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The Markov-functional Approach

The class of Markov-functional models (MFMs) provides a framework that can be used to define interest-rate models of any finite dimension that can be calibrated to any arbitrage-free formula for caplet or swaption prices. Low-dimensional MFMs are of particular interest as they allow for efficient implementation on a low-dimensional grid. As these models provide significant advantages over other market models they are widely accepted and used in the banking industry.

One-dimensional Markov-functional models

A one-dimensional Markov-functional model is specified by a driving process which is Markovian under the equivalent martingale measure corresponding to the chosen numeraire and the arbitrage-free pricing formulae of the chosen calibrating vanilla instruments. LIBOR- and swap-based versions of the model with a one-dimensional Gaussian driver were first introduced in 2000 by Hunt, Kennedy and Pelsser. These versions of the models are still widely used in practice. When using the models to price Bermudan swaptions the driving process should be parametrized by time rather than by maturity (Kennedy and Pham (2013)) so that the models have suitable hedging properties. Efficient algorithms that can be used to implement an MFM driven by a not-necessarily-Gaussian driver under terminal and spot measure are described in Gogala and Kennedy (2019). In principle all one-dimensional interest-rate models (for example quasi-Gaussian and Affine LIBOR models) can be viewed and implemented from the Markov-functional perspective. With the separation of choice of driver and marginal distributions of the calibrating instruments the Markov-functional approach offers much modelling flexibility. In principle observed smiles can be reproduced exactly and, through the choice of driving process, the joint distribution of market rates at their setting dates can be chosen. It is this joint distribution that specifies the final form of the model. Care must be taken to ensure a suitable evolution of the implied volatility surface is achieved for the particular combination of driver and marginal distributions chosen. A copula approach (Gogala and Kennedy (2019)) enables us to determine when two Markov-functional models are equivalent and provides insight into how to express the driving process in a form that facilitates implementation.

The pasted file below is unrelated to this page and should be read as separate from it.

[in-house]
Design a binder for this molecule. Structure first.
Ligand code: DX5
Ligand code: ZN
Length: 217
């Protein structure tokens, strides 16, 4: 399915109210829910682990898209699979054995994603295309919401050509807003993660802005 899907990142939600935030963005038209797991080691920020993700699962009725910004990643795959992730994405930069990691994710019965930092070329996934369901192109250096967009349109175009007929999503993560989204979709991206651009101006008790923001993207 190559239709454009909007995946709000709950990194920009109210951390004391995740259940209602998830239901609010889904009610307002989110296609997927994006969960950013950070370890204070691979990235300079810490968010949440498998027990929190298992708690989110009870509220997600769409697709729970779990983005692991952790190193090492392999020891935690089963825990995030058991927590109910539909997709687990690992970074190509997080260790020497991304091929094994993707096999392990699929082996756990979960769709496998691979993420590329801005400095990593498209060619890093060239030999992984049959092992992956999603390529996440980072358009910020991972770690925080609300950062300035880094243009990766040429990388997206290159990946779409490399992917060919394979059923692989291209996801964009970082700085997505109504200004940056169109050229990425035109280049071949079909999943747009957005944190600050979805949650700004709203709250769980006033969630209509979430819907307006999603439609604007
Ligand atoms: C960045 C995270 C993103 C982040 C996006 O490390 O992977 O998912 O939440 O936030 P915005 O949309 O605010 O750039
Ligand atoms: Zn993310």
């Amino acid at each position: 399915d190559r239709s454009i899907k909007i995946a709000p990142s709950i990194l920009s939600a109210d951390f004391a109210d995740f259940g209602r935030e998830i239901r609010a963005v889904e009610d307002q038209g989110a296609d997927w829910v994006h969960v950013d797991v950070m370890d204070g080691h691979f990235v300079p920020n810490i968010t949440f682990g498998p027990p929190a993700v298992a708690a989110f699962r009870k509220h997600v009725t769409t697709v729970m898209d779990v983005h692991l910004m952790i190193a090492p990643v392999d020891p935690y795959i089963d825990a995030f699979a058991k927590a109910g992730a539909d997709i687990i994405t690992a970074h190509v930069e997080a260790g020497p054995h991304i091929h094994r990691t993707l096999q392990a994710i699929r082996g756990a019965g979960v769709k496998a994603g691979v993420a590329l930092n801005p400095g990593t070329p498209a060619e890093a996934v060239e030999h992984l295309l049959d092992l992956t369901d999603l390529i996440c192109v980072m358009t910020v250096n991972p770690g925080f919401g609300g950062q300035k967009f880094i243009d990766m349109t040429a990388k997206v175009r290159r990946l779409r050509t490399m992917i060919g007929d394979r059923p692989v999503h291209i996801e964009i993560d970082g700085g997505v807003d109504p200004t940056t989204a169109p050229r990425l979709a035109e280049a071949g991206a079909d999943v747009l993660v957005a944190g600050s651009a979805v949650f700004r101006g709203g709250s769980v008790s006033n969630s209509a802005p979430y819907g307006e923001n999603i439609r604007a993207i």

Prior model and multi-dimensional Markov-functional models

Multi-dimensional Markov-functional models can be specified by introducing the idea of a prior model (Kennedy (2010)). The prior model expresses each market rate as a function of the driving process which is now of dimension greater than one. The prior model is chosen to capture the basic dynamics of the market but may admit arbitrage. When the functional fitting is done to fit the chosen implied marginal distributions, referred to as the Markov-functional sweep, no-arbitrage conditions are enforced. If the prior model was well chosen the Markov-functional sweep will be a small perturbation of the prior model to enforce no arbitrage. The idea of a prior model can be illustrated by considering the SDEs which specify LIBOR or swap market models. If we assume a market model is driven by two correlated Brownian motions, the volatility structure is separable and if we ignore the drift in the SDE for each market rate, the resulting equations specify a prior model which is a function of a two dimensional driving process. This prior model will admit arbitrage. If we now carry out the Markov-functional sweep and fit implied distributions corresponding to Black’s formula for caplets in the LIBOR case or swaptions in the swap case we will have an arbitrage-free Markov-functional model which is efficient to implement. (Details for the implementation of a two-factor LIBOR Markov-functional model can in Bennett and Kennedy (2005).)